For the first time since COVID-19 pandemic, people were allowed to pray at eidgahs
An undercurrent of joy was palpable on Eid-al-Adha, popularly known as Bakrid, which was celebrated on Wednesday. Because, for the first time since the COVID-19 pandemic, people were allowed to offer Eid prayers at eidgahs.
People converged at eidgahs and also at mosques dressed in traditional attire, despite the gentle rains since early in the morning. Eid prayers began 6.30 a.m. onwards at different venues across the city.
Large crowds were witnessed at eidgahs such as Eidgah Madannapet and Eidgah Miralam.
A lot of worshippers were seen in several mosques as well.
While the management of some mosques were particular about social distancing, others did not seem to pay much attention COVID-19 protocols.
The post-namaz sermons at some mosques touched upon the significance of ritual sacrifice, an Abrahamic tradition, of piety and an end to the pandemic.
“It feels surreal to be a part of the Eid congregation. We are doing this after such a long time. While we did offer Friday prayers in the mosque ever since the relaxation of restrictions on gatherings, praying Eid namaz is a different feeling altogether,” said S A Siddqiqui, an engineering student. Soon after prayers, the devout headed home and began the ritual sacrifice.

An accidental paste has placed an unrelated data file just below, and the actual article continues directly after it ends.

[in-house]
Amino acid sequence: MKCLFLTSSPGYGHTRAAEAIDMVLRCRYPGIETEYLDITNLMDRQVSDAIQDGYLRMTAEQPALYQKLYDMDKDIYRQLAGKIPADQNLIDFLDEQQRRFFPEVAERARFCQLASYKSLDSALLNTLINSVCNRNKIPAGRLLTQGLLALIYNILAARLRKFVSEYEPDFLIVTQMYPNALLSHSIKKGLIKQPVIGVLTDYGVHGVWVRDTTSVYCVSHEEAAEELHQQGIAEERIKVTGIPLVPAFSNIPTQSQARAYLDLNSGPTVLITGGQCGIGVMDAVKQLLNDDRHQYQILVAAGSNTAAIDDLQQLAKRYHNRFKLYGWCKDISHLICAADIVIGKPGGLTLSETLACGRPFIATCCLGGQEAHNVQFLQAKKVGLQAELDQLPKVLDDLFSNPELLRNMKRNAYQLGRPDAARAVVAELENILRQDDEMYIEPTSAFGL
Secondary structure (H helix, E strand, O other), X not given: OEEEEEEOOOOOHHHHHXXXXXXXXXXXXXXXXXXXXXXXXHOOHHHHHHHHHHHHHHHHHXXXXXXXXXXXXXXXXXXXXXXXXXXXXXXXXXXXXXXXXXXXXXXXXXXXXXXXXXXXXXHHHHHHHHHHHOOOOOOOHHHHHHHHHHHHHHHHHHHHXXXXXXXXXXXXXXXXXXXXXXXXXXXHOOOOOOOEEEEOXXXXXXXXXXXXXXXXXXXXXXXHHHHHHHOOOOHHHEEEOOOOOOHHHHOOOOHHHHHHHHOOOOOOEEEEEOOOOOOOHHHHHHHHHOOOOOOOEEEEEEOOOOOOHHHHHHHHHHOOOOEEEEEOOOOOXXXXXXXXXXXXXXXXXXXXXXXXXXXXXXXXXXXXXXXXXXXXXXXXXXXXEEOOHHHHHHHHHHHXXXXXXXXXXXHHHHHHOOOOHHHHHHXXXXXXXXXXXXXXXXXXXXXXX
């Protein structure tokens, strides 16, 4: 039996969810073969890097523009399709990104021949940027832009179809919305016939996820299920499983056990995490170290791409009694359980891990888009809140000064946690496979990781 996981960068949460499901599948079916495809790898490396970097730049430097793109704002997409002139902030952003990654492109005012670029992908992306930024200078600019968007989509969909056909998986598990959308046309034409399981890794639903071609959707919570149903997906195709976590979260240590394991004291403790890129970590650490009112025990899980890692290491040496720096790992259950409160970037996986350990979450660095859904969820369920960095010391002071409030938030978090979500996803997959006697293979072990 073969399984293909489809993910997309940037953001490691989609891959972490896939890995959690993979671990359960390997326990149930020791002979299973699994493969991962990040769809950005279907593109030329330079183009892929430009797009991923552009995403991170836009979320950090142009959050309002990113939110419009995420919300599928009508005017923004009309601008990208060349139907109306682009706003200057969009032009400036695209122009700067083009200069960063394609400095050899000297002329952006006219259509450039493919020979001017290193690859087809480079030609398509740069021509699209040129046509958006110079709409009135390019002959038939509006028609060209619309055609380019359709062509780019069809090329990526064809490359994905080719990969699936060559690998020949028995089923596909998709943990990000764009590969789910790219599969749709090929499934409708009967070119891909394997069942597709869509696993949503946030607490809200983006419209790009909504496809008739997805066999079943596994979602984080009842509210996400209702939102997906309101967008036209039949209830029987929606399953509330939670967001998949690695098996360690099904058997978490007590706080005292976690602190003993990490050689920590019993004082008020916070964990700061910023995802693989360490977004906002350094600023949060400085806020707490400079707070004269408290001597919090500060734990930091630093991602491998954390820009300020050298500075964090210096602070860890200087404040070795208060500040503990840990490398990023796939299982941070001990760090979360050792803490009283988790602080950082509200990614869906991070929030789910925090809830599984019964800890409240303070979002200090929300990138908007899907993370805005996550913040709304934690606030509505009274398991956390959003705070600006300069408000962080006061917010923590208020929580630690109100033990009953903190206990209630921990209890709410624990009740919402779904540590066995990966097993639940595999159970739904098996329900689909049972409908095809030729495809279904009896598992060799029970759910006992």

They employed butchers from different communities to skin and portion the animal, a portion of which was given to the poor.
While some ventured out to meet their friends and extended family to exchange greetings, many other chose to stay at home on account of the rains and also out of a sense of caution.
While a majority of those celebrating Eid had bought sheep from different seasonal markets such as those in Mehdipatnam, Toli Chowki and Balapur, some who couldn’t do so headed to the markets either before or after Eid prayers.
Crime Today News | Hyderabad